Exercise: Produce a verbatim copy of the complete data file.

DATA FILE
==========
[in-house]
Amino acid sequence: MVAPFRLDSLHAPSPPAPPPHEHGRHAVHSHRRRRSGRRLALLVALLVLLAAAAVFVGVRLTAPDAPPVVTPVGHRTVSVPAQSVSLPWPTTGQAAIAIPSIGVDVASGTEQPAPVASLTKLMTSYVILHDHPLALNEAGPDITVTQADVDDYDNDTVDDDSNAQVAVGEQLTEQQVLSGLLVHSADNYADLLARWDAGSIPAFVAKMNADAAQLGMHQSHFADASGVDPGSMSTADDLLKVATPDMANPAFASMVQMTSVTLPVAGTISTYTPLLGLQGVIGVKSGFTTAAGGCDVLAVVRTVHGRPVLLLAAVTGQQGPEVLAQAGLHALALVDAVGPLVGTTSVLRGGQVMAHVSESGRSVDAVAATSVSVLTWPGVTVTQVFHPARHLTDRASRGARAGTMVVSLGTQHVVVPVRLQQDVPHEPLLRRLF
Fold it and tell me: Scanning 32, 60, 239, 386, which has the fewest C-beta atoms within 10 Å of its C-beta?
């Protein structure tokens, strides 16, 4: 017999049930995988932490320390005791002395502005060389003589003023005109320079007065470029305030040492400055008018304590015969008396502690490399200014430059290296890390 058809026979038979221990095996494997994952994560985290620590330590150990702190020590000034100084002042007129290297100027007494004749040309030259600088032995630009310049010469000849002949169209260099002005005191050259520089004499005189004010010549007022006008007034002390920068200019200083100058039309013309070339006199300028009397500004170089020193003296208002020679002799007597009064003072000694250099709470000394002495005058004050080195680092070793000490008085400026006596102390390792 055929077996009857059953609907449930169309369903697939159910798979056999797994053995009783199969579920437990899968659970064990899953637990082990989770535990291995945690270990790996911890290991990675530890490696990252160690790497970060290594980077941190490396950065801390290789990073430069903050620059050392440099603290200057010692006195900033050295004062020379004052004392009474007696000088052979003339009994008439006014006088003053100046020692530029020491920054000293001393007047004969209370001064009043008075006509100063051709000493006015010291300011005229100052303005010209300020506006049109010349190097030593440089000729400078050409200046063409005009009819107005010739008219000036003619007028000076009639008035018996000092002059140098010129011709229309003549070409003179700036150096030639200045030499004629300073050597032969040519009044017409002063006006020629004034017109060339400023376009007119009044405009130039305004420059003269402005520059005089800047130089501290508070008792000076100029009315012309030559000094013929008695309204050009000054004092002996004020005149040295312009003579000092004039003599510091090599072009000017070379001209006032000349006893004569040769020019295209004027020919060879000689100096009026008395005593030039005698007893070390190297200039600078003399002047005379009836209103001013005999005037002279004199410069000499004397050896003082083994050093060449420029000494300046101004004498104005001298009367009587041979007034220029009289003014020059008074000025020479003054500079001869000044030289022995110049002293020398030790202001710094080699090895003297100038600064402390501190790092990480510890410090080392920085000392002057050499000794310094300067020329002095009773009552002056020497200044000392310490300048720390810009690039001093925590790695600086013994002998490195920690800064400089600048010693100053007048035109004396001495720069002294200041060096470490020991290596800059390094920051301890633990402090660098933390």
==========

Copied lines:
[in-house]
Amino acid sequence: MVAPFRLDSLHAPSPPAPPPHEHGRHAVHSHRRRRSGRRLALLVALLVLLAAAAVFVGVRLTAPDAPPVVTPVGHRTVSVPAQSVSLPWPTTGQAAIAIPSIGVDVASGTEQPAPVASLTKLMTSYVILHDHPLALNEAGPDITVTQADVDDYDNDTVDDDSNAQVAVGEQLTEQQVLSGLLVHSADNYADLLARWDAGSIPAFVAKMNADAAQLGMHQSHFADASGVDPGSMSTADDLLKVATPDMANPAFASMVQMTSVTLPVAGTISTYTPLLGLQGVIGVKSGFTTAAGGCDVLAVVRTVHGRPVLLLAAVTGQQGPEVLAQAGLHALALVDAVGPLVGTTSVLRGGQVMAHVSESGRSVDAVAATSVSVLTWPGVTVTQVFHPARHLTDRASRGARAGTMVVSLGTQHVVVPVRLQQDVPHEPLLRRLF
Fold it and tell me: Scanning 32, 60, 239, 386, which has the fewest C-beta atoms within 10 Å of its C-beta?
């Protein structure tokens, strides 16, 4: 017999049930995988932490320390005791002395502005060389003589003023005109320079007065470029305030040492400055008018304590015969008396502690490399200014430059290296890390 058809026979038979221990095996494997994952994560985290620590330590150990702190020590000034100084002042007129290297100027007494004749040309030259600088032995630009310049010469000849002949169209260099002005005191050259520089004499005189004010010549007022006008007034002390920068200019200083100058039309013309070339006199300028009397500004170089020193003296208002020679002799007597009064003072000694250099709470000394002495005058004050080195680092070793000490008085400026006596102390390792 055929077996009857059953609907449930169309369903697939159910798979056999797994053995009783199969579920437990899968659970064990899953637990082990989770535990291995945690270990790996911890290991990675530890490696990252160690790497970060290594980077941190490396950065801390290789990073430069903050620059050392440099603290200057010692006195900033050295004062020379004052004392009474007696000088052979003339009994008439006014006088003053100046020692530029020491920054000293001393007047004969209370001064009043008075006509100063051709000493006015010291300011005229100052303005010209300020506006049109010349190097030593440089000729400078050409200046063409005009009819107005010739008219000036003619007028000076009639008035018996000092002059140098010129011709229309003549070409003179700036150096030639200045030499004629300073050597032969040519009044017409002063006006020629004034017109060339400023376009007119009044405009130039305004420059003269402005520059005089800047130089501290508070008792000076100029009315012309030559000094013929008695309204050009000054004092002996004020005149040295312009003579000092004039003599510091090599072009000017070379001209006032000349006893004569040769020019295209004027020919060879000689100096009026008395005593030039005698007893070390190297200039600078003399002047005379009836209103001013005999005037002279004199410069000499004397050896003082083994050093060449420029000494300046101004004498104005001298009367009587041979007034220029009289003014020059008074000025020479003054500079001869000044030289022995110049002293020398030790202001710094080699090895003297100038600064402390501190790092990480510890410090080392920085000392002057050499000794310094300067020329002095009773009552002056020497200044000392310490300048720390810009690039001093925590790695600086013994002998490195920690800064400089600048010693100053007048035109004396001495720069002294200041060096470490020991290596800059390094920051301890633990402090660098933390």